I'm very upset about the shoddy quality of this movie. It is, without a doubt, the worst that Harrison Ford has ever starred in. Every thing about it is lame, especially the premise itself. This plot (or similar) has been done so many times before that is't tiresome and boring in and of itself. There are two types of movies that I swear from this day forth I will never waste my time watching again. One is the plot where a high school or college basketball coach is enlisted to rejuvenate a losing team, and the other is one in which a CEO or other high level person has their family kidnapped for some kind of favor. We've seen all of these we need. Every subtlety and twist and trick been used, and used again, and overused, so the only possible result for a movie of this theme, if it IS released, is to be boring, predictable, and mundane, which "Firewall" achieves in spades. Please don't waste either your time of money on this disaster.
*** This review may contain spoilers ***
(Originally reviewed: 18/02/2017) I've seen these a dozen times, were
my first thoughts after the first two acts; but by the end I was
depressingly bored with it's by the numbers clichés and constant lack
of originality. Harrison Ford is the only one who even tries in the
film and even he looks like he's bored at times; most of the other
performances are either forgettable or pay check worthy; take Paul
Bettany for example who plays the so called 'mastermind' behind this
hostage situation, he has the same expression throughout up until a
fight scene requires him to actually act like he cares; the rest of the
cast which also includes Virginia Madsen, Robert Forster and Robert
Patrick also phone it in; with the exception of Forster of course; but
then again he barely gets any screen time in this film.
The dialogue is astoundingly awful at times; this includes Bettany telling one of his henchman "You're a criminal, not an executive", and an even worse one where Ford yells "What do you want" and Bettany says "I want to get you home, its pizza night". Who on earth thought this was acceptable or decent dialogue. Later on lines such as "Open Sesame" are also said; and I kept thinking where have I heard this before; and the answer might be back when it was actually new.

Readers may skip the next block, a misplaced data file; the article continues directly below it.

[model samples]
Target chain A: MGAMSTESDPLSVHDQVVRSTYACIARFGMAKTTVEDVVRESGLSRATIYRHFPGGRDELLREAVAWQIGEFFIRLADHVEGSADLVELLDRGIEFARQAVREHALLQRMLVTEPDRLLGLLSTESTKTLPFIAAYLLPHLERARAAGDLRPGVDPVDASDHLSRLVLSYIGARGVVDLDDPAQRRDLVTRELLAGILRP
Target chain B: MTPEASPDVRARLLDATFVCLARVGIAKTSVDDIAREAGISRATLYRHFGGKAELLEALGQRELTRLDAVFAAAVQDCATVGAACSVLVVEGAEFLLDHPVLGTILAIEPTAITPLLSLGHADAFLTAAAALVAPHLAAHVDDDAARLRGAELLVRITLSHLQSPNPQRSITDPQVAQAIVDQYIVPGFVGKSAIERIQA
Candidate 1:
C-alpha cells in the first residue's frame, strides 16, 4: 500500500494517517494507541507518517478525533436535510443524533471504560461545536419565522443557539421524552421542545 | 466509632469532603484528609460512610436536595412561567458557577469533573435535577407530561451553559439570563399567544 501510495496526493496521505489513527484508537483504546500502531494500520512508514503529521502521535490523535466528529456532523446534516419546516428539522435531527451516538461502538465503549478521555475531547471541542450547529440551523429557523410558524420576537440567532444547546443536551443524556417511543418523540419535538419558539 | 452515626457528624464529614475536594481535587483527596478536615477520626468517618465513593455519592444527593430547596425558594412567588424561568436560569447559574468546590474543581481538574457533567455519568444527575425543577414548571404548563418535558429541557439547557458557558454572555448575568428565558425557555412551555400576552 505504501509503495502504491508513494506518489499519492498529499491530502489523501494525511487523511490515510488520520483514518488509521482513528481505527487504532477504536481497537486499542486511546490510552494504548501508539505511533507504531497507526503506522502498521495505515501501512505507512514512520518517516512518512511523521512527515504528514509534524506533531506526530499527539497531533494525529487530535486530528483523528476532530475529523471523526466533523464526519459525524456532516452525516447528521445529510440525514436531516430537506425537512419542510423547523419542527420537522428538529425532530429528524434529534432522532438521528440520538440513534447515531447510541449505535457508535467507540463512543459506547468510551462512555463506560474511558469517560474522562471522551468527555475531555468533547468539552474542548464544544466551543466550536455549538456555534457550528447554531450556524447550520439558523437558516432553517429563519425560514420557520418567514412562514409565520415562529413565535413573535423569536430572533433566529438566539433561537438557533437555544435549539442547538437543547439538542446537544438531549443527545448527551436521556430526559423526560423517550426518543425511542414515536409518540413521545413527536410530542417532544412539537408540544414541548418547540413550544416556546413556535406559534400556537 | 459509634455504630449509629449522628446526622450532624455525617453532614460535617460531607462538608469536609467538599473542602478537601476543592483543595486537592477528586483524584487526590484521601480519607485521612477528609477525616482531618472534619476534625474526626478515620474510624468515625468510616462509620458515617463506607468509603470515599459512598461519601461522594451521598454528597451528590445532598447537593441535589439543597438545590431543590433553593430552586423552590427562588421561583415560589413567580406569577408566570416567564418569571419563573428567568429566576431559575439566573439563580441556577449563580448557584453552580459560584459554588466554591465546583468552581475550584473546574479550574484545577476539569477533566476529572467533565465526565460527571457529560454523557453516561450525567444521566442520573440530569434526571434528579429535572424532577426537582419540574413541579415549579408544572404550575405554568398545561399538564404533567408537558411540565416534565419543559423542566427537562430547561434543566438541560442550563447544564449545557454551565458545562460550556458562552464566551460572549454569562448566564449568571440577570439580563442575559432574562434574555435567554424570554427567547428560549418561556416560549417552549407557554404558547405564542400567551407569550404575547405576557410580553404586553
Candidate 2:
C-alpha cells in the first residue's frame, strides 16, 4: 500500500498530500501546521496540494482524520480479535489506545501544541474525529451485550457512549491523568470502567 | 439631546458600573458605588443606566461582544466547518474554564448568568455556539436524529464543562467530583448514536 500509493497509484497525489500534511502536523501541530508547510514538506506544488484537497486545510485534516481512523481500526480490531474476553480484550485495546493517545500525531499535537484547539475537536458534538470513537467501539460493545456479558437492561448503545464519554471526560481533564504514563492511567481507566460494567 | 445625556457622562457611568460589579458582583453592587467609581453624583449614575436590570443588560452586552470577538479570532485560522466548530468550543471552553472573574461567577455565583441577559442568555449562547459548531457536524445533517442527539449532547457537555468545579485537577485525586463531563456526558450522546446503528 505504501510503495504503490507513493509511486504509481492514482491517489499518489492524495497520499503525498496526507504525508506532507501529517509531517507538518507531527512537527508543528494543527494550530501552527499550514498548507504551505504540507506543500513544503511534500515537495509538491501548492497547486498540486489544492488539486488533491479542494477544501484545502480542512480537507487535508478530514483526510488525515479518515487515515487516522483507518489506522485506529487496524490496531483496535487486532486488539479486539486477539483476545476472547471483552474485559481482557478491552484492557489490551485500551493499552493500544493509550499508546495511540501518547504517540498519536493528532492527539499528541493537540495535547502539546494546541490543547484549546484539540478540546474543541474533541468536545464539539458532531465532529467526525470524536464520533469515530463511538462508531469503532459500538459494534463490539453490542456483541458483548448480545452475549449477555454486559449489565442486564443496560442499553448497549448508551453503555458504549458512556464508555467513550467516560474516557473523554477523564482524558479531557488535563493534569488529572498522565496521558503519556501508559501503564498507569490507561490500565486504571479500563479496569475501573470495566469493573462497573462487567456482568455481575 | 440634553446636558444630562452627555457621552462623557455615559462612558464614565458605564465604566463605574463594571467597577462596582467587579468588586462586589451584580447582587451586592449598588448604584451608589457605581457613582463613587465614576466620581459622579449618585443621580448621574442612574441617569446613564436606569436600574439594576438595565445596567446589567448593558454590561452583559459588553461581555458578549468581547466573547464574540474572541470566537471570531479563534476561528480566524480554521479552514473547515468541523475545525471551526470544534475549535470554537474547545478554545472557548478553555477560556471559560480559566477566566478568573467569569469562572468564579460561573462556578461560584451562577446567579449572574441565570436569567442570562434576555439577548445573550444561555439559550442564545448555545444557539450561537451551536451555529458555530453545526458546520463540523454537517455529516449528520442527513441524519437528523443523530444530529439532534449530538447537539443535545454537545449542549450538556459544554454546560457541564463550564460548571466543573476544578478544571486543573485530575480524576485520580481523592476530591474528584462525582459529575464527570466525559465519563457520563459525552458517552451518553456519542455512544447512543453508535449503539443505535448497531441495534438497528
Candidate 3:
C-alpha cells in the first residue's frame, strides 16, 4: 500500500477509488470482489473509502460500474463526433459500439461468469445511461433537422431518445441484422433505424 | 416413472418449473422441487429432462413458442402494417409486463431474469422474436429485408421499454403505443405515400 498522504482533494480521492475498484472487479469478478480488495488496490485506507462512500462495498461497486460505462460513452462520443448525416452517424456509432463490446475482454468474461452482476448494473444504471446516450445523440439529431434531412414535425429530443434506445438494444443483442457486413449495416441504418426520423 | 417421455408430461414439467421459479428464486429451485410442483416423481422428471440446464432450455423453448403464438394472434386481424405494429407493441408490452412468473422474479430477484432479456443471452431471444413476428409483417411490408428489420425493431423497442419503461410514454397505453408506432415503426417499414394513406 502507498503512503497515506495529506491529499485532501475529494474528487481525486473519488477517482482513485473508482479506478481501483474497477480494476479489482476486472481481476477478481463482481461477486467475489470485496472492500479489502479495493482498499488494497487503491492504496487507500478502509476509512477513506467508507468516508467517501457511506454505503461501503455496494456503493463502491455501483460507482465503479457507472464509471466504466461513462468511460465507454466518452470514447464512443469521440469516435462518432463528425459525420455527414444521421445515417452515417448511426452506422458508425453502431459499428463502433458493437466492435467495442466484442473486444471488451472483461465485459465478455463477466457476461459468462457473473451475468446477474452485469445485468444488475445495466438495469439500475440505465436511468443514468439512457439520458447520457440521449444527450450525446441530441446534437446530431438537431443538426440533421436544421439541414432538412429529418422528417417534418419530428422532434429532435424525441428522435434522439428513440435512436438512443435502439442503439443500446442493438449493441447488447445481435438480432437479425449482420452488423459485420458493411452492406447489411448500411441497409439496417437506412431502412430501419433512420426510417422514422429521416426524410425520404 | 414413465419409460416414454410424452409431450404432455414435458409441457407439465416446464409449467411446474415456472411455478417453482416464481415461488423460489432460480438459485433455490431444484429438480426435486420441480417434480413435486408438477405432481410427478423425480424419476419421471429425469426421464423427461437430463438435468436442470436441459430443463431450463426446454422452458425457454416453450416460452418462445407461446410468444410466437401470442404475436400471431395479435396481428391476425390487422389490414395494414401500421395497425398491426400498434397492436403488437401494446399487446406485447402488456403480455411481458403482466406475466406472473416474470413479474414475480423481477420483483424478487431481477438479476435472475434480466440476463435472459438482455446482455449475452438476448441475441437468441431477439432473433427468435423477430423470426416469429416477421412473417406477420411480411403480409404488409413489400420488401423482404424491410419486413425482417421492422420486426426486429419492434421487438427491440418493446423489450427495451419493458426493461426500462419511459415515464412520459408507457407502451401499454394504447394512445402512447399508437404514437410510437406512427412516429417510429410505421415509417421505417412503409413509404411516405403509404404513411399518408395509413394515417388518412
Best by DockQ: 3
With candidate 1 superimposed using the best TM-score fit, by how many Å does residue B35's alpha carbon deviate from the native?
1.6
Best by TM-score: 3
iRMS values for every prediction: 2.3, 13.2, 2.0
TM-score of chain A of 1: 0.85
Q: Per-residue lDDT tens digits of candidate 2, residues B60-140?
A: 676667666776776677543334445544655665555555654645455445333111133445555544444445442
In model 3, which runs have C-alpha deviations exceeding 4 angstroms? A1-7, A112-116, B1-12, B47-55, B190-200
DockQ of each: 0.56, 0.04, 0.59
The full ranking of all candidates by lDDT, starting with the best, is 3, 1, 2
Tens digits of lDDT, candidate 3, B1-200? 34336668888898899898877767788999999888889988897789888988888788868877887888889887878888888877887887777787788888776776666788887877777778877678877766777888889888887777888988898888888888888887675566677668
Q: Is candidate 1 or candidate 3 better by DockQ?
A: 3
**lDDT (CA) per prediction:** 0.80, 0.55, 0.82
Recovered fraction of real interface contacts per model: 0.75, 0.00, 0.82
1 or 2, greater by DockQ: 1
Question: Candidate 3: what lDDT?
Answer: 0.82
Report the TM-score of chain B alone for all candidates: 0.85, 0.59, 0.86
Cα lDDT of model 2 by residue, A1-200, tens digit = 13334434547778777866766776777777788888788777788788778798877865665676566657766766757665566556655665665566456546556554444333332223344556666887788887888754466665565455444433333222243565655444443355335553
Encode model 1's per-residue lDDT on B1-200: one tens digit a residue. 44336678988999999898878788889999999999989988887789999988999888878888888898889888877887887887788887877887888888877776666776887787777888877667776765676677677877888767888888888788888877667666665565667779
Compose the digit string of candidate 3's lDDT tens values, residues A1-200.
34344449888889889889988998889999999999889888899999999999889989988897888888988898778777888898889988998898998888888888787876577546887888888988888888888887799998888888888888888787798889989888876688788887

The script is oh so predictable with a typical escape attempt that was clearly going to fail; but if you're going to be clichéd; you might as well include an attempted escape. Bettany's character is also sick and pointless, tells the kid with a nut allergy that there's no peanuts in the biscuits; guess what? There was; as you see him nearly lose his life; I knew that the guy was lying and this particular scene is cruel and pointless, it had no reason to be there. Another thing I noticed was another unbelievable moment where Ford's character fires his secretary because Bettany doesn't like the way she looks at him, not only is this highly unlikeable to happen in real life, it's yet again another stupid moment; in a fairly pointless film. Richard Loncraine's direction isn't even good with no memorable either, its standard mediocrity, which one would expect from a director films.
Firewall suffers from its predictability, and all round boring writing; I never felt thrilled, excited or surprised; it has every cliché in the book combined with mostly forgettable performances and a typical third act that results in your usual action sequence, but even that managed to be boring; this film is a one note, unoriginal piece of trash.
*** This review may contain spoilers ***
"Jack Stanfield" (Harrison Ford) is a security expert for a bank that has recently merged with another financial institution in another city. This merger requires him to coordinate everything with an executive named "Gary Mitchell" (Robert Patrick) who works for the other bank and is not a very pleasant person at all. This becomes even more difficult when a group of high-tech thieves invade his home and kidnap his wife, "Beth" (Virginia Madsen) and their two children. Their demand is quite simpleeither Jack helps them to gain access to the bank's computer in order to withdraw $100 million or they kill his family. And the leader of the thieves, who goes by the name of "Rich" (David Lewis) is quite serious. Now rather than reveal any more I will just say that this turned out to be a decent film all things considered. I especially liked the manner in which the director (Richard Loncraine) managed to maintain the suspense from start to finish. On the other hand, I thought that the ending was a bit too unrealistic and could have used a little more imagination. But even so, the film kept my attention and because of that I have rated it accordingly. Slightly above average.
*** This review may contain spoilers ***
The story is like this: very successful family being terrorized by bandits in their own home. This story we've heard plenty of before, and it has been portrayed far better in other films than in this one. My biggest objection against this film is that it gets boring and one- sided to see the bad guys terrorizing this family in every way possible. This is a very easy-told story, and the characters are one dimensional portrayed. Yes, we already know in the beginning that this is certainly going to end well. This is not Harrison Ford's best film. He does as well as he can, in the role of tormented family man. Otherwise I have not much more to say. This is not very good.